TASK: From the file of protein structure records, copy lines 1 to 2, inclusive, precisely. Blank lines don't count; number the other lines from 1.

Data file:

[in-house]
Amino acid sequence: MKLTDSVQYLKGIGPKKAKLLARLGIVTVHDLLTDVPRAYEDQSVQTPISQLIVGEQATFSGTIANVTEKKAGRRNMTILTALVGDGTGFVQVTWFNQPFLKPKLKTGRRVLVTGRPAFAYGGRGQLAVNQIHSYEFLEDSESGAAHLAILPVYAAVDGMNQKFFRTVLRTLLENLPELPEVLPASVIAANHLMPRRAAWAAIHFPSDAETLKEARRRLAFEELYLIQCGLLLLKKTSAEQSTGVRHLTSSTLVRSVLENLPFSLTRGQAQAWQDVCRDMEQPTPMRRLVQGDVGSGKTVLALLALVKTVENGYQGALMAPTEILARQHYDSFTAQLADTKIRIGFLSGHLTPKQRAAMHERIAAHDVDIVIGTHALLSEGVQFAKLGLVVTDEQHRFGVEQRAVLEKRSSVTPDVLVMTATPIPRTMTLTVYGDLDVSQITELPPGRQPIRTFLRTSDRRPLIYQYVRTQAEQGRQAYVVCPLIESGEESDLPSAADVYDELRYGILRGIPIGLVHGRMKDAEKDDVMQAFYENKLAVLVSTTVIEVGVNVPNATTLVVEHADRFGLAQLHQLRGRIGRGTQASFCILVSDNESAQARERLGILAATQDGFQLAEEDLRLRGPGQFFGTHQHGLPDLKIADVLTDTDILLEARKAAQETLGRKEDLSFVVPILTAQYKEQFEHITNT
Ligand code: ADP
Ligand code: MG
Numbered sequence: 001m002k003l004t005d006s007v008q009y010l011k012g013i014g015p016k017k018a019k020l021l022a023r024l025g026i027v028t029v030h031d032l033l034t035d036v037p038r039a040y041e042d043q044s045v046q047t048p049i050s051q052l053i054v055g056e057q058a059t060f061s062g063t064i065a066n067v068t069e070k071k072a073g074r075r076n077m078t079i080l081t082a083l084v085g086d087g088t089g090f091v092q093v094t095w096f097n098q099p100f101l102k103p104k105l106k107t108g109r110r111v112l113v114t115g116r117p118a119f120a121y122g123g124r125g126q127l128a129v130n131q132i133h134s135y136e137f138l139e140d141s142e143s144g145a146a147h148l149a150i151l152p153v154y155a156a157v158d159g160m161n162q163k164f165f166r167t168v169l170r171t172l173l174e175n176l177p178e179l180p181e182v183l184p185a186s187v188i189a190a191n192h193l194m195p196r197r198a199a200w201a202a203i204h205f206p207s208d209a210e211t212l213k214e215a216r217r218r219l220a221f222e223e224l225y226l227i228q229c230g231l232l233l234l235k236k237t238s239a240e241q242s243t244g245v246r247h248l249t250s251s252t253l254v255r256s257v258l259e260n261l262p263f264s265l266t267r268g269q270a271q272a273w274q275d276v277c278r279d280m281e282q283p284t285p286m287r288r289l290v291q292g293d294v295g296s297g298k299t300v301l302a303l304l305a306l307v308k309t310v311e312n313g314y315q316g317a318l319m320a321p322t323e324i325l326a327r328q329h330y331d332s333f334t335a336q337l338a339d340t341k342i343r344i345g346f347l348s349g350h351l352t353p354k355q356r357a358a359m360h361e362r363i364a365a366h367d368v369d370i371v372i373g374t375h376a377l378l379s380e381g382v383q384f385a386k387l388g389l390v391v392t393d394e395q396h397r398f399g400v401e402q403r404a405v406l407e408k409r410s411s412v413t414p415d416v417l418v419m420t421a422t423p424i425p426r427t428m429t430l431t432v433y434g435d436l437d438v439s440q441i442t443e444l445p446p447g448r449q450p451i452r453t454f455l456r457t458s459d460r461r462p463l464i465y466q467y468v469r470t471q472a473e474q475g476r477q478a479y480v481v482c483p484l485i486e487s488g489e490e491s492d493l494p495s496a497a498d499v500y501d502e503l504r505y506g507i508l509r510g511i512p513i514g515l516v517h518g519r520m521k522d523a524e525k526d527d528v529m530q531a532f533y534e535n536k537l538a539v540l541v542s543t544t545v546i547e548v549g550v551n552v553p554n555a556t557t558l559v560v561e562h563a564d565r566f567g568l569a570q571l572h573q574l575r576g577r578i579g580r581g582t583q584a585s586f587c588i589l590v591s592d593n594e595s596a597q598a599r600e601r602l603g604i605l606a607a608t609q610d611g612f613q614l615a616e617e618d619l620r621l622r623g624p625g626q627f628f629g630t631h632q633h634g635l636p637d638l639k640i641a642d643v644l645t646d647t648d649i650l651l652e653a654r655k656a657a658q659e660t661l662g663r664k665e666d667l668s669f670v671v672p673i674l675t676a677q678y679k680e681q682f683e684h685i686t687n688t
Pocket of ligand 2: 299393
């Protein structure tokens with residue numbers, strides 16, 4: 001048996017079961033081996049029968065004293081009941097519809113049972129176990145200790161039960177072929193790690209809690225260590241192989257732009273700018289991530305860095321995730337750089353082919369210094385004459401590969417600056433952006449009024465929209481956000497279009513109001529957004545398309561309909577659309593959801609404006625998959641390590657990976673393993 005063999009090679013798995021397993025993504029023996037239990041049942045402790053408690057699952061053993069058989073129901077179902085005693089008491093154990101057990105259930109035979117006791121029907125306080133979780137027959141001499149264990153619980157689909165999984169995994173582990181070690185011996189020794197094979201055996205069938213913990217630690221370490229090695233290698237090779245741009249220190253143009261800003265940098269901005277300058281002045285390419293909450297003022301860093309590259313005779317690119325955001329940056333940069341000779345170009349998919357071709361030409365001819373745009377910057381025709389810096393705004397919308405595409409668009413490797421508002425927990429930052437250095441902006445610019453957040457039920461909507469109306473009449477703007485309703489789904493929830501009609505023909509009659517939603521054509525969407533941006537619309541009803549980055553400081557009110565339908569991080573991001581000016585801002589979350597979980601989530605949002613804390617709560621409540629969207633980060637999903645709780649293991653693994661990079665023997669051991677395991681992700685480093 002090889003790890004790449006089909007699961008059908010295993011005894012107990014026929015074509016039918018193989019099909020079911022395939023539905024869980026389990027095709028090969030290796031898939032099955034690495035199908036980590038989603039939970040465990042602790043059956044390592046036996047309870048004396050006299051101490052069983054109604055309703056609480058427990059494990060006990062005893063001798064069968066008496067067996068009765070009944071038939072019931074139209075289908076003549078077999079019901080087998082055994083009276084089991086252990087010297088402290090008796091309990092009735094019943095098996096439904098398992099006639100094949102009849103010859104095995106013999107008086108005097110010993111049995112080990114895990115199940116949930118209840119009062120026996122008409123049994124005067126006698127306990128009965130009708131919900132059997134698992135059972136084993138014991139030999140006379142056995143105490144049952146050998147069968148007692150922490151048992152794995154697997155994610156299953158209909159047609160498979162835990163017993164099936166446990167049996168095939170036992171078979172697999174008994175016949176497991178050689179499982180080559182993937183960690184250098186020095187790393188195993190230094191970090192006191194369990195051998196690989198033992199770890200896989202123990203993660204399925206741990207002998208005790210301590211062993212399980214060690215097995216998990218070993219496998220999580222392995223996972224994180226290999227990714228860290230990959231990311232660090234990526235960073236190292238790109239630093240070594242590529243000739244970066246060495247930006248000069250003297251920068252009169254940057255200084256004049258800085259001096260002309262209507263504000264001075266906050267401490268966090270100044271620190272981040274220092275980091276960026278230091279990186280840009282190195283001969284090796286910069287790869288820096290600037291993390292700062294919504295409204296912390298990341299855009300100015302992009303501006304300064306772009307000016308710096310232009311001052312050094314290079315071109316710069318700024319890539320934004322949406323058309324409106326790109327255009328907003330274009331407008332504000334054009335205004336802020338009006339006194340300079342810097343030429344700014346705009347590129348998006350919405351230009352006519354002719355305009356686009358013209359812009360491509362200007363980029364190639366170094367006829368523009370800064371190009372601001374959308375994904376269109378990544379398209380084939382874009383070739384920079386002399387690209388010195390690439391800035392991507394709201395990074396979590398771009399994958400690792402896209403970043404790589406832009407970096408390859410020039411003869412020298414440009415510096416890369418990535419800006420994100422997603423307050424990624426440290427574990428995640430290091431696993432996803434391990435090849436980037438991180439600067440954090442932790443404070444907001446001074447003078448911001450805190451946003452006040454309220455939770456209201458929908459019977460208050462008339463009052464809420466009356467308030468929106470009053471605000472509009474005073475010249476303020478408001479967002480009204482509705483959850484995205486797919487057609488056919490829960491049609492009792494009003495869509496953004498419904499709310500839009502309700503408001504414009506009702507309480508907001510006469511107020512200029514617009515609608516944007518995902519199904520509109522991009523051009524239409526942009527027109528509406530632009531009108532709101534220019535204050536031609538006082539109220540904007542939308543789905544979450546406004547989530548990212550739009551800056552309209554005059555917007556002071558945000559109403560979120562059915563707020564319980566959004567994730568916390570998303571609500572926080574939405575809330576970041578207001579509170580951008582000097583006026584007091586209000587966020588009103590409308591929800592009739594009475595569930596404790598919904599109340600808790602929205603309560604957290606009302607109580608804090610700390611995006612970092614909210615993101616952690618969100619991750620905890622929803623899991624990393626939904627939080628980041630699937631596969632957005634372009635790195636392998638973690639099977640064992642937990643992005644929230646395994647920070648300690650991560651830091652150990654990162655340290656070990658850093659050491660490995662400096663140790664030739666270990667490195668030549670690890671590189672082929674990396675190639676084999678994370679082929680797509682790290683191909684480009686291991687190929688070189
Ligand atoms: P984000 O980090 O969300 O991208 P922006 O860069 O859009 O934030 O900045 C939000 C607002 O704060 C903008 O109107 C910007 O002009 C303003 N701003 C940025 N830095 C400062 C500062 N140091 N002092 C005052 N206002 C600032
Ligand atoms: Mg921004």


[in-house]
Amino acid sequence: MKLTDSVQYLKGIGPKKAKLLARLGIVTVHDLLTDVPRAYEDQSVQTPISQLIVGEQATFSGTIANVTEKKAGRRNMTILTALVGDGTGFVQVTWFNQPFLKPKLKTGRRVLVTGRPAFAYGGRGQLAVNQIHSYEFLEDSESGAAHLAILPVYAAVDGMNQKFFRTVLRTLLENLPELPEVLPASVIAANHLMPRRAAWAAIHFPSDAETLKEARRRLAFEELYLIQCGLLLLKKTSAEQSTGVRHLTSSTLVRSVLENLPFSLTRGQAQAWQDVCRDMEQPTPMRRLVQGDVGSGKTVLALLALVKTVENGYQGALMAPTEILARQHYDSFTAQLADTKIRIGFLSGHLTPKQRAAMHERIAAHDVDIVIGTHALLSEGVQFAKLGLVVTDEQHRFGVEQRAVLEKRSSVTPDVLVMTATPIPRTMTLTVYGDLDVSQITELPPGRQPIRTFLRTSDRRPLIYQYVRTQAEQGRQAYVVCPLIESGEESDLPSAADVYDELRYGILRGIPIGLVHGRMKDAEKDDVMQAFYENKLAVLVSTTVIEVGVNVPNATTLVVEHADRFGLAQLHQLRGRIGRGTQASFCILVSDNESAQARERLGILAATQDGFQLAEEDLRLRGPGQFFGTHQHGLPDLKIADVLTDTDILLEARKAAQETLGRKEDLSFVVPILTAQYKEQFEHITNT